Enabling Ultra Deep Hydrodesulfurization by Nanoscale Engineering of New Catalysts

Ann-Louise Nygård Christoffersen

Research output: Book/ReportPh.D. thesisResearch

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The HYDECAT project was initiated to make a targeted effort in the field of hydrodesulfurization (HDS), which is the process where sulfur is removed from crude oil by addition of hydrogen to form hydrocarbons and hydrogen sulfide. This PhD thesis represents my share in the project.
Due to the adverse environmental and societal effects of sulfur emissions from on-road transportation, legislation has been continuously tightened, pushing oil refiners to produce ultra-low sulfur diesel (ULSD), with a maximum sulfur content of 15 ppm. Since these specifications are expected to be further tightened, the existing HDS catalysts fall short. Experiments were performed on a setup dedicated to testing minute amounts of well-defined catalytic systems in the ambient pressure gas phase HDS of the model compounds dibenzothiophene (DBT) and 4,6-dimethyldibenzothiophene (4,6-DMDBT). An existing µ-reactor platform connected to a high resolution time-of-flight mass spectrometer (TOF-MS) was modified and optimized for this specific reaction. The µ-reactor has a reaction volume of only 240 nL and can be operated between 0.1-5 bar and temperatures up to 400 ◦C. Only 0.01 % of the mixed gas flows from the two inlets, O1 and O2, is bypassed through the reaction chamber and exposed to the catalyst. A channel terminated by a narrow capillary ensures that the entire reaction gas volume can be directed into the TOF-MS by probing only 5·1014 molecules/s.
The low vapor pressure of both DBT and 4,6-DMDBT complicated the process of introducing them in their gaseous form into the µ-reactor at ambient pressure, and a specially designed flange with an incorporated ion source and internal heat tracing was implemented.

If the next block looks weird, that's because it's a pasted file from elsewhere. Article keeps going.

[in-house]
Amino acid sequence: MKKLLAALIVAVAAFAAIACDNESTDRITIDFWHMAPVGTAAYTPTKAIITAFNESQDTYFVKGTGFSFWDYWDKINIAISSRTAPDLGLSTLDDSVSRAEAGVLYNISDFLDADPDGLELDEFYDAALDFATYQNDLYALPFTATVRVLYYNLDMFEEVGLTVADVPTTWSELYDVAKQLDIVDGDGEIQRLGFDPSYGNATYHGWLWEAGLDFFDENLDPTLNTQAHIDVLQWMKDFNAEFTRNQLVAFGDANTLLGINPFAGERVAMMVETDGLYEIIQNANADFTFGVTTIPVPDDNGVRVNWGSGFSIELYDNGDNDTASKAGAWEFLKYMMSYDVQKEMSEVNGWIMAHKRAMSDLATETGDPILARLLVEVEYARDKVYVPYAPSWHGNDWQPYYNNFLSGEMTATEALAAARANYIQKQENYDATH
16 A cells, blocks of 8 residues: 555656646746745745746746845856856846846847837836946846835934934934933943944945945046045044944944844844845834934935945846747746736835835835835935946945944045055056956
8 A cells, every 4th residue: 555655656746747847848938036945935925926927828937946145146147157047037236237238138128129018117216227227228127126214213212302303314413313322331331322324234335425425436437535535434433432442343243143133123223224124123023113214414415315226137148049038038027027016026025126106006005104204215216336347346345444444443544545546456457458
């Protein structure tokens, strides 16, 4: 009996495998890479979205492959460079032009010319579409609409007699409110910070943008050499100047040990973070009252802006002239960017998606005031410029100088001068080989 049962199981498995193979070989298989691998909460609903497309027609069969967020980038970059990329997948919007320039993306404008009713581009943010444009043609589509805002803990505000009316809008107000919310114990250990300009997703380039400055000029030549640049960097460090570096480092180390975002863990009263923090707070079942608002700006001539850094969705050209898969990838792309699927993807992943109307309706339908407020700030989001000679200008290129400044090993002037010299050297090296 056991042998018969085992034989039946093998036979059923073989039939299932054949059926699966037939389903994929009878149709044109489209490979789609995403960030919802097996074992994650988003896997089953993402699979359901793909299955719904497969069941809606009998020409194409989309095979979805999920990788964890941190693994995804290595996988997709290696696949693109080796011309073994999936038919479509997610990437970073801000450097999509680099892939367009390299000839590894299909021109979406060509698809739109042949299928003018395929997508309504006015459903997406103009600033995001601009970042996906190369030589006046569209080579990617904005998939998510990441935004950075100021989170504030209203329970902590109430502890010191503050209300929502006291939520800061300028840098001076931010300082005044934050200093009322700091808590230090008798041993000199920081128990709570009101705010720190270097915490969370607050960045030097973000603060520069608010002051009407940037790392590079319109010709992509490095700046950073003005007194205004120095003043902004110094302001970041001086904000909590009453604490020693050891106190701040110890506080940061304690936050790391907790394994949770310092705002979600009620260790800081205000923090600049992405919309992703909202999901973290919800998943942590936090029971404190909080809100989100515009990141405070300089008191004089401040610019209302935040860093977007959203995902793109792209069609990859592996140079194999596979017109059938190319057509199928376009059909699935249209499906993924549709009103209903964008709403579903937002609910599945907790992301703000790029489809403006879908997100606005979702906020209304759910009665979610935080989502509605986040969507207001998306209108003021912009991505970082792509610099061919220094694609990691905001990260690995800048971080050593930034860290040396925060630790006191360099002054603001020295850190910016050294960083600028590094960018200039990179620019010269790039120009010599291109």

HDS of DBT and 4,6-DMDBT at 800 mbar on six mass-selected Pt samples were conducted. Two Pt samples of ∼3 nm (185 kamu) and two samples of ∼6 nm (1500 kamu) all showed that only the direct desulfurization (DDS) pathway was followed, hence resulting in biphenyl (BiPhe) and 3,3'-dimethylbiphenyl (3,3'-
DMBiPhe), respectively. The same was observed for two samples of Pt single atoms. One 1500 ,kamu sample reached full conversion and was used to derive a sensitivity factor, x , relating the DBT and BiPhe signals, since most ionization cross sections were unknown. This was applied in all the following data interpretation. Large deviations between the, in theory, identical samples made it difficult to see any clear trends, and it was estimated that a reaction temperature difference of 30 ◦C could have induced the different activities observed.
Four NiMo-based samples were tested in the HDS of DBT. Two metallic NiMo samples of ∼3.5 nm (134 kamu), and two in-flight sulfided NiMoSx samples - 
one of ∼5 nm (200 kamu) and one of∼6.5 nm (440 kamu). X-ray photoelectron spectroscopy (XPS) and activity measurements emphasized the need for a sulfidation step prior to the reaction, since exposure to air revealed the formation of an oxide layer. Scanning transmission electron microscopy (STEM) images of the in-flight sulfided NiMoSx samples showed flat lying platelet-like particles in the 200 kamu sample and upright standing particles in the 440 kamu sample. When normalized to the amount of metal in each sample, the activity of the flat lying particles were exceeded by the activity of the upright standing particles by an order of magnitude, indicating that more active edge sites are exposed in the latter and thereby enabling better HDS activity. 
Original languageEnglish
PublisherDepartment of Physics, Technical University of Denmark
Number of pages176
Publication statusPublished - 2017


Enabling Ultra Deep Hydrodesulphurization by Nanoscale Engineering of New Catalysts

Christoffersen, A. N., Chorkendorff, I., Vesborg, P. C. K., Skoglundh, B. M. & Lauritsen, J. V.



Project: PhD

Cite this

Christoffersen, A-L. N. (2017). Enabling Ultra Deep Hydrodesulfurization by Nanoscale Engineering of New Catalysts. Department of Physics, Technical University of Denmark.